Presented during The Manufacturing Of Rights (Ashkal Alwan, 2015), Toxic addresses how to develop a queer approach to toxicity, a transversal theme of The Against Nature Journal.

The film Toxic shows two protagonists in an undated time, a punk figure in glitter (Ginger Brooks Takahashi) and a drag queen (Werner Hirsch), both of unclear gender and origin. They linger in an environment of glossy remains, of toxic plants and transformed ethnographic and police photography. While the punk gives a speech on toxicity and a performance referencing early feminist art works, the drag queen reenacts an interview of Jean Genet from the ‘80s and blames the filmmakers for exposing her to the police-like scenario of being filmed. The camera turns and depicts the space-off, the space outside the frame.

There is a toxic threshold, a toxic load and toxic waste, there are toxic agents, toxic doses, toxic effects, toxic strangers, toxic queers, toxic people with AIDS. Exposure to toxic substances is associated with the inability to work, with no kids, no future, with cognitive delay, enhanced aggression, with allergies and cancer. Lead has recently become racialized as Chinese, radioactivity and its endurance as Japanese. A toxin could also be a medicine, a so-called hard or soft drug or toxic waste. Might the discourse on toxicity, which installs violent hierarchies, also be able to introduce new subjectivities and new queer bonds (between people and people but also between people and objects, people and masks)? And what happens if another technology and its history–film and photography instead of chemical substances–is focused from a perspective of toxicity?

The film apparatus also uses chemicals and though it is mostly digital today it is even more dependent on toxic substances and toxic working conditions in the production of the chips, of cameras and computers. Its images have been used by anthropology as well as by the police to poison with serious social effects. But the effects of the very doses are not always predictable. When the mug-shot was invented around 1880–a way to photograph a human from two cropped and paired views, one frontal, the other from profile–it was used by diverse state and scientific institutions to identify, which meant, to install social hierarchies: between the photographers and the viewers as "normal" and privileged on the one side and the photographed on the other side: criminals, sexworkers, homosexuals, black people and people from the colonies.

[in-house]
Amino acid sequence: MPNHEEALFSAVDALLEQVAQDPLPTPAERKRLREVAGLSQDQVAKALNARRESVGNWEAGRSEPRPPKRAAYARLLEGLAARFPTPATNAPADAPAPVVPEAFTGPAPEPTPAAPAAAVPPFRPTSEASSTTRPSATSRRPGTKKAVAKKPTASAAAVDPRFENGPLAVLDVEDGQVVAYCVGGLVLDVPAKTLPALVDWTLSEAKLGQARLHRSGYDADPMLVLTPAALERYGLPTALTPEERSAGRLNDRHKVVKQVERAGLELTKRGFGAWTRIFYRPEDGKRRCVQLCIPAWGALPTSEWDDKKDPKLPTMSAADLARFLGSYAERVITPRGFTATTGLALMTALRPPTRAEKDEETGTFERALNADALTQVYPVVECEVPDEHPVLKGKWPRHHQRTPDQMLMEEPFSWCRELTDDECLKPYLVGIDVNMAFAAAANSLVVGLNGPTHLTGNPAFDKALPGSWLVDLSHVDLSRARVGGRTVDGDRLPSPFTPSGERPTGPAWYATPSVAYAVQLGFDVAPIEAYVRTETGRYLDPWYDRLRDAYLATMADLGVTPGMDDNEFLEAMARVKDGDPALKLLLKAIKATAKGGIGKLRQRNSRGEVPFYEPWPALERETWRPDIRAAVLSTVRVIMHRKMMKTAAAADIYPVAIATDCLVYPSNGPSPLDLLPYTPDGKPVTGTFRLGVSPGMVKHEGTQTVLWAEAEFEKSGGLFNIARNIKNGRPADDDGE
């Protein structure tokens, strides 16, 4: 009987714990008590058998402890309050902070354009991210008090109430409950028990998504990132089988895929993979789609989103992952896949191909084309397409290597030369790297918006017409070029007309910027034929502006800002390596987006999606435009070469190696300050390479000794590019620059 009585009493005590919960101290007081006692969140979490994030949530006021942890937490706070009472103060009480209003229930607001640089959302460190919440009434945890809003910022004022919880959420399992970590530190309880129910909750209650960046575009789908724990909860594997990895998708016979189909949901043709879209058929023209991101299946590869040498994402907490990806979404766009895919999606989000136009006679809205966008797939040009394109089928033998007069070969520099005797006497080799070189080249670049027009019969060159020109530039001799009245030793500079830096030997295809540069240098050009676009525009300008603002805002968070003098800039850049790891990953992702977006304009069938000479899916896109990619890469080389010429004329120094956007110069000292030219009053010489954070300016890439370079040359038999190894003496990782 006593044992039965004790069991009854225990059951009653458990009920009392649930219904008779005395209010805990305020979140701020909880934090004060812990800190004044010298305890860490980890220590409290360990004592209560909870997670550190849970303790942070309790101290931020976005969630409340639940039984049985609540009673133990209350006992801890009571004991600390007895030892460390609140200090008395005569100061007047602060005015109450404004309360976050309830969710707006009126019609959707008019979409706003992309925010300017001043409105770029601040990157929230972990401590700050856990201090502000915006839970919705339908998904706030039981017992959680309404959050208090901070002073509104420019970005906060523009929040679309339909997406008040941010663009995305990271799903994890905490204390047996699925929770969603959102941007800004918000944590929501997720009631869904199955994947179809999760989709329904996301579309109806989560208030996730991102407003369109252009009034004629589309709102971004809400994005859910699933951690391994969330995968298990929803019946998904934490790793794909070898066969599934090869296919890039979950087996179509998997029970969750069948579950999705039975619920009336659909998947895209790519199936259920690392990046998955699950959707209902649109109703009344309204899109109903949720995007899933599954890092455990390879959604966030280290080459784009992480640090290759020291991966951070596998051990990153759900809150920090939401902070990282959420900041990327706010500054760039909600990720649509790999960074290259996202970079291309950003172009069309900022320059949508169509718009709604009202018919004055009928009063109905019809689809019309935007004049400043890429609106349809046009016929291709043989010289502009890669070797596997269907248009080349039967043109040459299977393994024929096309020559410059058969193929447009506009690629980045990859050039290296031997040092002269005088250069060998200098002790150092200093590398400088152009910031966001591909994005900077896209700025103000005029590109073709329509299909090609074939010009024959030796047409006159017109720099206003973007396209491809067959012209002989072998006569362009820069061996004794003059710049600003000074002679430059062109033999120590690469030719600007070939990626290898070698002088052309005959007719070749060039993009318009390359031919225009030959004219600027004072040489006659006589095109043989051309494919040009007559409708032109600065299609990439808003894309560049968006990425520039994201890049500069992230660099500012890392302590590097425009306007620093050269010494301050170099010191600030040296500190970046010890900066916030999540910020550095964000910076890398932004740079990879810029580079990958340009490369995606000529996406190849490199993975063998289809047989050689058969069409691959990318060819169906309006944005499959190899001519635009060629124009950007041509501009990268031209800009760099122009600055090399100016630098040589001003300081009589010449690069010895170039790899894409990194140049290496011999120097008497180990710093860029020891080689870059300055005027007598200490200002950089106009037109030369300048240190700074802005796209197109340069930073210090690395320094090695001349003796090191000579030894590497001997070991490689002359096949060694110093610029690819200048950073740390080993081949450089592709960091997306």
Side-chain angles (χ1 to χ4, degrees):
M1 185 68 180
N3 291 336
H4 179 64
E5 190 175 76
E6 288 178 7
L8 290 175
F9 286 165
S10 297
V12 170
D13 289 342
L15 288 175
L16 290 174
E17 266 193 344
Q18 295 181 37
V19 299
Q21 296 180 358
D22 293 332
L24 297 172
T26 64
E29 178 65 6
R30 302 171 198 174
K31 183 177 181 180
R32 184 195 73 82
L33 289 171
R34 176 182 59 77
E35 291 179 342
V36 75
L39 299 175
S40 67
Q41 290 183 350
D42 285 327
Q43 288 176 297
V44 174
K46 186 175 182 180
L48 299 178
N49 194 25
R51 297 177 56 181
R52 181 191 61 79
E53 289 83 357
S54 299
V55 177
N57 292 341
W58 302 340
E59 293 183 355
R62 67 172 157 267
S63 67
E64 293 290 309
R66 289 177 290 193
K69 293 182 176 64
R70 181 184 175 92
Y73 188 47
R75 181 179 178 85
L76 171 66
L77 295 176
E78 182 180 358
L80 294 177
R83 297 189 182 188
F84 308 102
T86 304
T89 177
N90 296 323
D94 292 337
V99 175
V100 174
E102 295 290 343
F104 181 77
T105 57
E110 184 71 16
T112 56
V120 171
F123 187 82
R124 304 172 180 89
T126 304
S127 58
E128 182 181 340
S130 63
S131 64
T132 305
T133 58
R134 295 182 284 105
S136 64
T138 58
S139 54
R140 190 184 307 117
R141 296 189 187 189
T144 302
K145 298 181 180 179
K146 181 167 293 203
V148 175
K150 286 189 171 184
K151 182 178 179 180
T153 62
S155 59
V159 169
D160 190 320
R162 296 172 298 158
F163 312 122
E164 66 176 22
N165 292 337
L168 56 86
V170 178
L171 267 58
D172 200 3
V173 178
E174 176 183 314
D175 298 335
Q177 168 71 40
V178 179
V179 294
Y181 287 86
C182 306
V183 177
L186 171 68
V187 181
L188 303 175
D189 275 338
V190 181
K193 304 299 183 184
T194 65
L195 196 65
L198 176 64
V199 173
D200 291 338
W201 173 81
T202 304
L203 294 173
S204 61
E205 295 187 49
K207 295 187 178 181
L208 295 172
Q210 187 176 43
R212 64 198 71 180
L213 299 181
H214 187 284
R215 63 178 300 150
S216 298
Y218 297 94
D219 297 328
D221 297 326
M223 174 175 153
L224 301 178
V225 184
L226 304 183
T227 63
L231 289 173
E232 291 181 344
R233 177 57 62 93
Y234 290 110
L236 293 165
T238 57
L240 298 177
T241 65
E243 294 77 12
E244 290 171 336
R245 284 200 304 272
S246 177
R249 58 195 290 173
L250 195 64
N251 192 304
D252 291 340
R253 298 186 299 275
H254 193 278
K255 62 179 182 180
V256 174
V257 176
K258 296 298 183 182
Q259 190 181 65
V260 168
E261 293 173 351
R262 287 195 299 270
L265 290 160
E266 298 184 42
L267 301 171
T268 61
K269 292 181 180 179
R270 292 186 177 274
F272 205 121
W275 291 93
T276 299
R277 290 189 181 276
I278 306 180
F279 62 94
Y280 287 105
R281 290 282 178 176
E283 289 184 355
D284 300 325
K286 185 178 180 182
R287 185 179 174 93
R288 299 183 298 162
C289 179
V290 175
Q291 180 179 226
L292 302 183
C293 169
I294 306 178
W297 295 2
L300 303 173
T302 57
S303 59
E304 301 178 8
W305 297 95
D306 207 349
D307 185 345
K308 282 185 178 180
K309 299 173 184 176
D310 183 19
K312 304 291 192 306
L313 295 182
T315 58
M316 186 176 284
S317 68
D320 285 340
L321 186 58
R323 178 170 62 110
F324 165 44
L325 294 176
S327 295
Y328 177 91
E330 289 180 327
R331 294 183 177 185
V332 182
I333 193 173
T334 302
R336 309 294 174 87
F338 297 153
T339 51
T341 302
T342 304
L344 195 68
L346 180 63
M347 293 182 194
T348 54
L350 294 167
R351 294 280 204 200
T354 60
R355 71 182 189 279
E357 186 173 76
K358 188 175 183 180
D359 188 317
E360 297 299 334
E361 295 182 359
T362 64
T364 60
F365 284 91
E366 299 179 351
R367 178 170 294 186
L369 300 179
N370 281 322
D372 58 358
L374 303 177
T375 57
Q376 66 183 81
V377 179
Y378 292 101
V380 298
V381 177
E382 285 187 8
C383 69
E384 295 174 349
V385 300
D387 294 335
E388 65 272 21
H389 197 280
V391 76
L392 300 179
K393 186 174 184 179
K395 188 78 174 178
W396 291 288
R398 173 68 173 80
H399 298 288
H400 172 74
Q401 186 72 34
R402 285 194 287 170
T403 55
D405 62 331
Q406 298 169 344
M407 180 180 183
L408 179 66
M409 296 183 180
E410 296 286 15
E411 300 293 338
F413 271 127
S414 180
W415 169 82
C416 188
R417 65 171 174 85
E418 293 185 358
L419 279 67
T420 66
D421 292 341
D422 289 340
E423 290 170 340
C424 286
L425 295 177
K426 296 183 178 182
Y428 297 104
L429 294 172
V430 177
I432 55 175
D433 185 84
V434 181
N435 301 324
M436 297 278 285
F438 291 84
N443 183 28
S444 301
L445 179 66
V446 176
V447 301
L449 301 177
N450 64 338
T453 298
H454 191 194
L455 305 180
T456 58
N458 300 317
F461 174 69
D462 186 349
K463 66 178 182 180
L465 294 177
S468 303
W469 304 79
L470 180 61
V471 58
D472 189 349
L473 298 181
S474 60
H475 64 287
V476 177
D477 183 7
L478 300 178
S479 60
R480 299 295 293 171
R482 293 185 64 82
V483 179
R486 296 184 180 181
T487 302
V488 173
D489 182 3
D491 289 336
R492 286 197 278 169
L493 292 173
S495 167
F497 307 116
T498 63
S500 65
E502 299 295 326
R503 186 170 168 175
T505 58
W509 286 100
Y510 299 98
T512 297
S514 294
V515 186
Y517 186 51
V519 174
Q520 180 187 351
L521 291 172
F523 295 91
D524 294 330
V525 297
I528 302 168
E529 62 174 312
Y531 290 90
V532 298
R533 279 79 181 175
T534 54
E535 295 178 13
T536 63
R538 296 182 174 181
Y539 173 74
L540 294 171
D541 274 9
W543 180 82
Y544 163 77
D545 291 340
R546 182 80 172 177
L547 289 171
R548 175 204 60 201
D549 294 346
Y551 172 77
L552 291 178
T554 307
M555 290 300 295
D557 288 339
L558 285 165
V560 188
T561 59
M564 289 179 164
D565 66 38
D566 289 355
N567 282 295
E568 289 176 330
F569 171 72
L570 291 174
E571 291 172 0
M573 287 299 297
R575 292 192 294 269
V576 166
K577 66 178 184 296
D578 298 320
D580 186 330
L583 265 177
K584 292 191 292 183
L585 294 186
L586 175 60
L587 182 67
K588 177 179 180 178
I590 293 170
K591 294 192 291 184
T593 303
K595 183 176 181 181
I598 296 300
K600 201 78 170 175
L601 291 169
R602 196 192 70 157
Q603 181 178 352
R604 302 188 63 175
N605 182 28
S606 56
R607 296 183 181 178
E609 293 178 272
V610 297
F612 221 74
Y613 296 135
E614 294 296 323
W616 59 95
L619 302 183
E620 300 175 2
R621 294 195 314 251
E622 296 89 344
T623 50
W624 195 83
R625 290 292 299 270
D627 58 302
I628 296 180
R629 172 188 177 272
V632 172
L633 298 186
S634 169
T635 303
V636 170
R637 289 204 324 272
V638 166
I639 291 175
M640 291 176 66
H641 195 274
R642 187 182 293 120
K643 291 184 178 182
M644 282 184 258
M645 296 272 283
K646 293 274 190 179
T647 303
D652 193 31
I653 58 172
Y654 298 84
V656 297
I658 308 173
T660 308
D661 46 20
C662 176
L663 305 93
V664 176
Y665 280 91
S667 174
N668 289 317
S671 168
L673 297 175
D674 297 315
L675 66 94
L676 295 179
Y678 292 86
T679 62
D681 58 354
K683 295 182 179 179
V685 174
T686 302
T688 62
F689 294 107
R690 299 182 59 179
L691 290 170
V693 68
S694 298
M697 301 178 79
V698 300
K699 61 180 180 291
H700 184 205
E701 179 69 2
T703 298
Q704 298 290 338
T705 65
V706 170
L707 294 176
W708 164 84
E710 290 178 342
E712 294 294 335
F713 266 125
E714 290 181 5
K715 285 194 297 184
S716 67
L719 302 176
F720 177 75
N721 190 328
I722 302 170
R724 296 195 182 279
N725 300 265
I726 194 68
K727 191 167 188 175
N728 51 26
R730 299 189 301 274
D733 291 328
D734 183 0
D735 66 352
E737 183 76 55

Toxic, installation with Super 16mm film/HD video, 2012, 13'


  • Pauline Boudry
  • Renate Lorenz


  • Ginger Brooks Takahashi
  • Werner Hirsch

director of photography

  • Bernadette Paassen


  • Ouidade Soussi-Chiadmi


  • Johanna Herr
  • Karin Michalski

set photography

  • Ouidade Soussi-Chiadmi

sound design

  • Rashad Becker